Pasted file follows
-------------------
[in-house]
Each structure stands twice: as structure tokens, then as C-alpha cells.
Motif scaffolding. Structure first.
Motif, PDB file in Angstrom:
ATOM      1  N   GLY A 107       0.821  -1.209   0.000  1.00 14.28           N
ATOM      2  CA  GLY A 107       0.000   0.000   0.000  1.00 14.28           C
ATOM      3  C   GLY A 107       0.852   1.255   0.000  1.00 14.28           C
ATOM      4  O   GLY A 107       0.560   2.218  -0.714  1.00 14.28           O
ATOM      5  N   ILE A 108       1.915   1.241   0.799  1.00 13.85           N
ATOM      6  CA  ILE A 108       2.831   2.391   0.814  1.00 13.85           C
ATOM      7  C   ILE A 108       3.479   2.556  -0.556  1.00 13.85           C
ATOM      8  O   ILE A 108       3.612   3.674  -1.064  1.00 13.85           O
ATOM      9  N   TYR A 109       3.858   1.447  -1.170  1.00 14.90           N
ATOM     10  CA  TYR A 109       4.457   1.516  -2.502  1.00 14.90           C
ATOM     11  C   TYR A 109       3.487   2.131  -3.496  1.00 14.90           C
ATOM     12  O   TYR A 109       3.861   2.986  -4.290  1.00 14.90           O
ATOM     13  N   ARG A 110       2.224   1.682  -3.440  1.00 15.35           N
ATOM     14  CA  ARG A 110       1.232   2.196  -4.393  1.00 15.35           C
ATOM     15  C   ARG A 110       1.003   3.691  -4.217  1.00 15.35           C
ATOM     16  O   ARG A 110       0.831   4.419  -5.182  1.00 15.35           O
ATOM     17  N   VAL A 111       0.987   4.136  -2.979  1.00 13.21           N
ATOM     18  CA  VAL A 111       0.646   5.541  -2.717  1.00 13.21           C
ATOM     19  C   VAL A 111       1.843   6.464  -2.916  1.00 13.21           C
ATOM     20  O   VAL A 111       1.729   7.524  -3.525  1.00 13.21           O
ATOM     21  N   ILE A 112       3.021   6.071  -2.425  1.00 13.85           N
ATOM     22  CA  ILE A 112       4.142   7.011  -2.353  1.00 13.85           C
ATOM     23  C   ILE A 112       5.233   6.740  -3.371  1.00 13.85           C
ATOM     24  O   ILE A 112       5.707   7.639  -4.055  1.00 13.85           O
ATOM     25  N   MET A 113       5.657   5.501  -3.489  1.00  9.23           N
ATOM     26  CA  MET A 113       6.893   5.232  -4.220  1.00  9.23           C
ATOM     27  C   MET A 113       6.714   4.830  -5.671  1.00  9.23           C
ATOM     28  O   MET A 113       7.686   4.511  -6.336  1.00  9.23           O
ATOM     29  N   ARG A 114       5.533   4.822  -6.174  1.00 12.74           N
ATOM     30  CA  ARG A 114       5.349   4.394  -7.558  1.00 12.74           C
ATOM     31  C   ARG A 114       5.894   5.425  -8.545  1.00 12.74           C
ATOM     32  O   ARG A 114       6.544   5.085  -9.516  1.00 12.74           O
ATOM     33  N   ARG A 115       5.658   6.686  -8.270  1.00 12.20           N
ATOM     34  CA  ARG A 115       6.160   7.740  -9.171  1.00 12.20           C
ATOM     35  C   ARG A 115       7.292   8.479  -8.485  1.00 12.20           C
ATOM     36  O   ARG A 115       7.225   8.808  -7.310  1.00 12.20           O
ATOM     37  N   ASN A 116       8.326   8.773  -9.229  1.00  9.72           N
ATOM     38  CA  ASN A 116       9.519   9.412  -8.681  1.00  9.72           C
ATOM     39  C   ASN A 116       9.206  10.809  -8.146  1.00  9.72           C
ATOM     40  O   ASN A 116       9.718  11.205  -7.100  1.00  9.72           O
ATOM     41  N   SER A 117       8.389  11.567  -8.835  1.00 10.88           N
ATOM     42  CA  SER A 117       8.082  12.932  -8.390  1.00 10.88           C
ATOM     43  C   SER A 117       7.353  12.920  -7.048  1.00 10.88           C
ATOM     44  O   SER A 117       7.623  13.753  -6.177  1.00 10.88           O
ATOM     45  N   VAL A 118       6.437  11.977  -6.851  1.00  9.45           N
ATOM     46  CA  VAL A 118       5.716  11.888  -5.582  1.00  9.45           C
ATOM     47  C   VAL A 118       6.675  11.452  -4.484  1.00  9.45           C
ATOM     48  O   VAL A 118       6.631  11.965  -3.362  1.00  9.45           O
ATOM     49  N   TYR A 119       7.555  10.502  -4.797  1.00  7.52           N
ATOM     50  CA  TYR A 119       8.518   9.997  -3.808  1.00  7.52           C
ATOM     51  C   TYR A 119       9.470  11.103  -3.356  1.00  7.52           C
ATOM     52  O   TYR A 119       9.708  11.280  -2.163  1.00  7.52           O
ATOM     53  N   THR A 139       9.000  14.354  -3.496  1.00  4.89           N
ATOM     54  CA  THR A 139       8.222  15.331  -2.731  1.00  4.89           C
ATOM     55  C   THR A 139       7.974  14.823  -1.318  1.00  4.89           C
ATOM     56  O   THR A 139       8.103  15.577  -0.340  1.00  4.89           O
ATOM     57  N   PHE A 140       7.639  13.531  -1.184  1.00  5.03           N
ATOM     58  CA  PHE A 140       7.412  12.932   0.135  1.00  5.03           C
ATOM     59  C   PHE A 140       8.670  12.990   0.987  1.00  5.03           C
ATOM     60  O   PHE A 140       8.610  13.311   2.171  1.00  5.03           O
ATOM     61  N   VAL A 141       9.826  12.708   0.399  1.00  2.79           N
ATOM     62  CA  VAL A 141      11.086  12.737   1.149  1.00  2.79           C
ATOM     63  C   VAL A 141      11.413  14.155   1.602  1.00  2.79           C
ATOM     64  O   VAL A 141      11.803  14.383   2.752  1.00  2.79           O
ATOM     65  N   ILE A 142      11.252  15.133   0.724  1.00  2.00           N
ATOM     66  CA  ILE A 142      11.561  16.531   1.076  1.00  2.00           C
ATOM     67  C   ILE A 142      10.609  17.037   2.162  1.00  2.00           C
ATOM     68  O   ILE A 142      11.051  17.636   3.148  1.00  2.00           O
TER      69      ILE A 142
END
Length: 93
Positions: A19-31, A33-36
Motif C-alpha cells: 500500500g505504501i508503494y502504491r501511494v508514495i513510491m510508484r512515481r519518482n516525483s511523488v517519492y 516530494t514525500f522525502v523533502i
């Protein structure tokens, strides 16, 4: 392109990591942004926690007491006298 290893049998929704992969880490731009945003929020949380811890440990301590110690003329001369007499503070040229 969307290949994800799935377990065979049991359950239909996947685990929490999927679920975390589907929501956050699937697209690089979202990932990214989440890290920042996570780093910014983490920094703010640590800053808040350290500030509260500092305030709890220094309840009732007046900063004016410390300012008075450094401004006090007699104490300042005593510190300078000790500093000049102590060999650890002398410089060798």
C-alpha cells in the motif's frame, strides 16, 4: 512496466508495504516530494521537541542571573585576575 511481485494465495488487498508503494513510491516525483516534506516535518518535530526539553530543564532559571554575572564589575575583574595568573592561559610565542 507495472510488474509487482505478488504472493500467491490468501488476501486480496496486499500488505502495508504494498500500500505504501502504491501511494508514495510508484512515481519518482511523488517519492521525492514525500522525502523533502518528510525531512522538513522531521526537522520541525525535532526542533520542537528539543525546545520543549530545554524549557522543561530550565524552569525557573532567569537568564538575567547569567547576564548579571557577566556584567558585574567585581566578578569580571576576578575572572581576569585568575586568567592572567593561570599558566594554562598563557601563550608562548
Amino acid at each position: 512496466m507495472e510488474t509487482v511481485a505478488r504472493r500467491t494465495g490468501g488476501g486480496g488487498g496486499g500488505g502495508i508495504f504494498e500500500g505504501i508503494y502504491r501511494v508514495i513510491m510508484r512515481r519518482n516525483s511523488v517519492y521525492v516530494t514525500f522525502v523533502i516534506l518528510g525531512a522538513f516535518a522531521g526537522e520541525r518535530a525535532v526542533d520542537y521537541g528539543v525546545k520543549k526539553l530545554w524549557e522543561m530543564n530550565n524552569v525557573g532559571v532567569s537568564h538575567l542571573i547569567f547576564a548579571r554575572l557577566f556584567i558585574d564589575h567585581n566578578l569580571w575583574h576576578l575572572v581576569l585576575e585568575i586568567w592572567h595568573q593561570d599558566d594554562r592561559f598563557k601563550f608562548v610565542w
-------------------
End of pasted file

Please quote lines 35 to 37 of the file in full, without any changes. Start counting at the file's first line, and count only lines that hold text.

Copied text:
ATOM     31  C   ARG A 114       5.894   5.425  -8.545  1.00 12.74           C
ATOM     32  O   ARG A 114       6.544   5.085  -9.516  1.00 12.74           O
ATOM     33  N   ARG A 115       5.658   6.686  -8.270  1.00 12.20           N